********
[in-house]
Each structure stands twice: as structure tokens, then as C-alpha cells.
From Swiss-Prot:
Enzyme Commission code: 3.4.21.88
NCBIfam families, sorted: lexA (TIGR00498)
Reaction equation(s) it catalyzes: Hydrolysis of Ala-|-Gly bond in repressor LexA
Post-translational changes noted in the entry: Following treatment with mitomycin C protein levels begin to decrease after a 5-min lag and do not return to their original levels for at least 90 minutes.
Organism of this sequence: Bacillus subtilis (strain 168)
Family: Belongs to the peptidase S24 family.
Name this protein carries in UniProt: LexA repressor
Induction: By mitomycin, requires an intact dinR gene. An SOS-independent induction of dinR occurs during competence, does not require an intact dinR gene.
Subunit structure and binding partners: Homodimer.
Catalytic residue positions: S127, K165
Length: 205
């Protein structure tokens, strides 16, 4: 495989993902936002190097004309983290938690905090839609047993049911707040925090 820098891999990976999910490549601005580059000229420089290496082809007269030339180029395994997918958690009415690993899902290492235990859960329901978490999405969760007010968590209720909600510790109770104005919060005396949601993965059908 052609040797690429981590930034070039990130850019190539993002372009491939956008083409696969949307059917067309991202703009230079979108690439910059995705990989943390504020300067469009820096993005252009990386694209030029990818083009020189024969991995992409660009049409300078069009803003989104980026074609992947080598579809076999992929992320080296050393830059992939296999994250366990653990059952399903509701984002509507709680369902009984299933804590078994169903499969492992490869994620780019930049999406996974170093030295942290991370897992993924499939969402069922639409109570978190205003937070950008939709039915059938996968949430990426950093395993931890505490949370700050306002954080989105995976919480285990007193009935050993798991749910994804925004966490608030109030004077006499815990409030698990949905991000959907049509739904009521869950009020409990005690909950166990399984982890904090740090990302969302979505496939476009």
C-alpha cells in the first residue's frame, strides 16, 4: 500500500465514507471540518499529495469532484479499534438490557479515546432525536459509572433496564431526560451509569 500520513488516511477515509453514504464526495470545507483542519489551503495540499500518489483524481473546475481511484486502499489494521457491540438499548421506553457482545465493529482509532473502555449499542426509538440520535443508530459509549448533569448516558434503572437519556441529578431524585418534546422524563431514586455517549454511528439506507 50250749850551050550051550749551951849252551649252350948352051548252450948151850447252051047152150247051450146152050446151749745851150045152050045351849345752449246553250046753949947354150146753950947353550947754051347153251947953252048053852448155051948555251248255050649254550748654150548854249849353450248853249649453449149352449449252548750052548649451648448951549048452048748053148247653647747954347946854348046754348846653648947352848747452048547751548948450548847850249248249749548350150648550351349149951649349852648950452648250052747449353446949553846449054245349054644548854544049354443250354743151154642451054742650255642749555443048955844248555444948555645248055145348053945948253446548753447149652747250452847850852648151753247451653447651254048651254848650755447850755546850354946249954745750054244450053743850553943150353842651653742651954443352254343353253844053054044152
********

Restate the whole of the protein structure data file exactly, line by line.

[in-house]
Each structure stands twice: as structure tokens, then as C-alpha cells.
From Swiss-Prot:
Enzyme Commission code: 3.4.21.88
NCBIfam families, sorted: lexA (TIGR00498)
Reaction equation(s) it catalyzes: Hydrolysis of Ala-|-Gly bond in repressor LexA
Post-translational changes noted in the entry: Following treatment with mitomycin C protein levels begin to decrease after a 5-min lag and do not return to their original levels for at least 90 minutes.
Organism of this sequence: Bacillus subtilis (strain 168)
Family: Belongs to the peptidase S24 family.
Name this protein carries in UniProt: LexA repressor
Induction: By mitomycin, requires an intact dinR gene. An SOS-independent induction of dinR occurs during competence, does not require an intact dinR gene.
Subunit structure and binding partners: Homodimer.
Catalytic residue positions: S127, K165
Length: 205
């Protein structure tokens, strides 16, 4: 495989993902936002190097004309983290938690905090839609047993049911707040925090 820098891999990976999910490549601005580059000229420089290496082809007269030339180029395994997918958690009415690993899902290492235990859960329901978490999405969760007010968590209720909600510790109770104005919060005396949601993965059908 052609040797690429981590930034070039990130850019190539993002372009491939956008083409696969949307059917067309991202703009230079979108690439910059995705990989943390504020300067469009820096993005252009990386694209030029990818083009020189024969991995992409660009049409300078069009803003989104980026074609992947080598579809076999992929992320080296050393830059992939296999994250366990653990059952399903509701984002509507709680369902009984299933804590078994169903499969492992490869994620780019930049999406996974170093030295942290991370897992993924499939969402069922639409109570978190205003937070950008939709039915059938996968949430990426950093395993931890505490949370700050306002954080989105995976919480285990007193009935050993798991749910994804925004966490608030109030004077006499815990409030698990949905991000959907049509739904009521869950009020409990005690909950166990399984982890904090740090990302969302979505496939476009």
C-alpha cells in the first residue's frame, strides 16, 4: 500500500465514507471540518499529495469532484479499534438490557479515546432525536459509572433496564431526560451509569 500520513488516511477515509453514504464526495470545507483542519489551503495540499500518489483524481473546475481511484486502499489494521457491540438499548421506553457482545465493529482509532473502555449499542426509538440520535443508530459509549448533569448516558434503572437519556441529578431524585418534546422524563431514586455517549454511528439506507 50250749850551050550051550749551951849252551649252350948352051548252450948151850447252051047152150247051450146152050446151749745851150045152050045351849345752449246553250046753949947354150146753950947353550947754051347153251947953252048053852448155051948555251248255050649254550748654150548854249849353450248853249649453449149352449449252548750052548649451648448951549048452048748053148247653647747954347946854348046754348846653648947352848747452048547751548948450548847850249248249749548350150648550351349149951649349852648950452648250052747449353446949553846449054245349054644548854544049354443250354743151154642451054742650255642749555443048955844248555444948555645248055145348053945948253446548753447149652747250452847850852648151753247451653447651254048651254848650755447850755546850354946249954745750054244450053743850553943150353842651653742651954443352254343353253844053054044152